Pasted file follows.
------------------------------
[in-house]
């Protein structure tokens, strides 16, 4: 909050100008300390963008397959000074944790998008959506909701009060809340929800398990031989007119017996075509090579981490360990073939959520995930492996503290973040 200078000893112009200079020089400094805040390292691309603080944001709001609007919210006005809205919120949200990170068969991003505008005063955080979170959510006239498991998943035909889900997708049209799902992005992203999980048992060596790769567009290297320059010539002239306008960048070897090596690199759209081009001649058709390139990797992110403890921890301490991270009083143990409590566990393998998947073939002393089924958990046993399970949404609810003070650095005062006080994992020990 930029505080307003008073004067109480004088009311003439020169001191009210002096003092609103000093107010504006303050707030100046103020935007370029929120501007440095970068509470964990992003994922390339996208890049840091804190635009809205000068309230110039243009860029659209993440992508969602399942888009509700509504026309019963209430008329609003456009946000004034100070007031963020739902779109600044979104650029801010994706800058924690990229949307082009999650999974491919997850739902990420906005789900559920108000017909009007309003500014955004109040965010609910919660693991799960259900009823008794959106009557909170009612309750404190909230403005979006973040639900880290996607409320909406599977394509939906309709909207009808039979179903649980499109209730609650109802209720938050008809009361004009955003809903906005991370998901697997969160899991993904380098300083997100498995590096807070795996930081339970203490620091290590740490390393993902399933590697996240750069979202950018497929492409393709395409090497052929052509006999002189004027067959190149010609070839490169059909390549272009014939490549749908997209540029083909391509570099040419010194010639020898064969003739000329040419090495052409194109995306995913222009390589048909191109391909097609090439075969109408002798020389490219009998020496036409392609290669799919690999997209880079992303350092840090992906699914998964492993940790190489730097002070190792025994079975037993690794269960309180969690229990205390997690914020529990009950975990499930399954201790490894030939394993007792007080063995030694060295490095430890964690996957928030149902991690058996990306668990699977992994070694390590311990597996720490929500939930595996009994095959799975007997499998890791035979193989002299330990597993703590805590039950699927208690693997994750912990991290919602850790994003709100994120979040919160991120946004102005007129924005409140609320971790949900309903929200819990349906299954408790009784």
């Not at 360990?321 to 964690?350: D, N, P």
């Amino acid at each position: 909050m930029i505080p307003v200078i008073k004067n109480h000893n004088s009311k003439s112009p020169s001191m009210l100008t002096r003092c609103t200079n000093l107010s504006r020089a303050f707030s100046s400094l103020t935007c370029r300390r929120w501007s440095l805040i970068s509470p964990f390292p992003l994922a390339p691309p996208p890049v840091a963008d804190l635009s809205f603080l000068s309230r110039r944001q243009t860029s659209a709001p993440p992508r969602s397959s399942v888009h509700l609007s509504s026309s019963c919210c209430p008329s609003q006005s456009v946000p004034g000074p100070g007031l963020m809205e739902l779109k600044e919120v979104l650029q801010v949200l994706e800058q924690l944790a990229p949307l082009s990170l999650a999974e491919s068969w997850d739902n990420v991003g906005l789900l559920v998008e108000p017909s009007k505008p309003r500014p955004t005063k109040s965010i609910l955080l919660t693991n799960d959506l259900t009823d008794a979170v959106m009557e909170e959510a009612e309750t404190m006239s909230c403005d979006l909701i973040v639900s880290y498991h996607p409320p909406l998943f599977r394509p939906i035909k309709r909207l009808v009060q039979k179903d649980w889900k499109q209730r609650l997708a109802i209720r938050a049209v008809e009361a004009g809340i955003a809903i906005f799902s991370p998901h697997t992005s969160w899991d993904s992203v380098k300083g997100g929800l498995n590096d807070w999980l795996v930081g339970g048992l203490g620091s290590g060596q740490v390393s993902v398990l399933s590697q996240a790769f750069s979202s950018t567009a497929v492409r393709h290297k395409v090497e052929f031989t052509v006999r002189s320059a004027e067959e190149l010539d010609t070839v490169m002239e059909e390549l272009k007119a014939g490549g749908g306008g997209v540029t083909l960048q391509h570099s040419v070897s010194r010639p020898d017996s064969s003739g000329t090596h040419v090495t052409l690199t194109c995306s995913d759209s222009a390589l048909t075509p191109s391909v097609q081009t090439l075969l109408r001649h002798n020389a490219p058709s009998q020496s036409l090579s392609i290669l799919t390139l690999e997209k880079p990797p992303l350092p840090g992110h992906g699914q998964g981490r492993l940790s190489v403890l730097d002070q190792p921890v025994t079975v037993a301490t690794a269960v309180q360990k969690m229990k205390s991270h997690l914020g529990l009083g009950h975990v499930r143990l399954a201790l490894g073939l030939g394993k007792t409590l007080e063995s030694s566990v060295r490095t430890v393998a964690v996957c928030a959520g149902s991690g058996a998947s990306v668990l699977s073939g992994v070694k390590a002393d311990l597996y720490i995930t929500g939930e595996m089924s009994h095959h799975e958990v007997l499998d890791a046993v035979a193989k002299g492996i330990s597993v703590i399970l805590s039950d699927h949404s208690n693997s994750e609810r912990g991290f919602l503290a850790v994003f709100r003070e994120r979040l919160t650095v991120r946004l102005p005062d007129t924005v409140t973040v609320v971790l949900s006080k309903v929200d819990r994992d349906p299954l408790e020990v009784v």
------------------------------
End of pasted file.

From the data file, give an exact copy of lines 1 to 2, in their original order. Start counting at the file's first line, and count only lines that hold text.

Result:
[in-house]
């Protein structure tokens, strides 16, 4: 909050100008300390963008397959000074944790998008959506909701009060809340929800398990031989007119017996075509090579981490360990073939959520995930492996503290973040 200078000893112009200079020089400094805040390292691309603080944001709001609007919210006005809205919120949200990170068969991003505008005063955080979170959510006239498991998943035909889900997708049209799902992005992203999980048992060596790769567009290297320059010539002239306008960048070897090596690199759209081009001649058709390139990797992110403890921890301490991270009083143990409590566990393998998947073939002393089924958990046993399970949404609810003070650095005062006080994992020990 930029505080307003008073004067109480004088009311003439020169001191009210002096003092609103000093107010504006303050707030100046103020935007370029929120501007440095970068509470964990992003994922390339996208890049840091804190635009809205000068309230110039243009860029659209993440992508969602399942888009509700509504026309019963209430008329609003456009946000004034100070007031963020739902779109600044979104650029801010994706800058924690990229949307082009999650999974491919997850739902990420906005789900559920108000017909009007309003500014955004109040965010609910919660693991799960259900009823008794959106009557909170009612309750404190909230403005979006973040639900880290996607409320909406599977394509939906309709909207009808039979179903649980499109209730609650109802209720938050008809009361004009955003809903906005991370998901697997969160899991993904380098300083997100498995590096807070795996930081339970203490620091290590740490390393993902399933590697996240750069979202950018497929492409393709395409090497052929052509006999002189004027067959190149010609070839490169059909390549272009014939490549749908997209540029083909391509570099040419010194010639020898064969003739000329040419090495052409194109995306995913222009390589048909191109391909097609090439075969109408002798020389490219009998020496036409392609290669799919690999997209880079992303350092840090992906699914998964492993940790190489730097002070190792025994079975037993690794269960309180969690229990205390997690914020529990009950975990499930399954201790490894030939394993007792007080063995030694060295490095430890964690996957928030149902991690058996990306668990699977992994070694390590311990597996720490929500939930595996009994095959799975007997499998890791035979193989002299330990597993703590805590039950699927208690693997994750912990991290919602850790994003709100994120979040919160991120946004102005007129924005409140609320971790949900309903929200819990349906299954408790009784």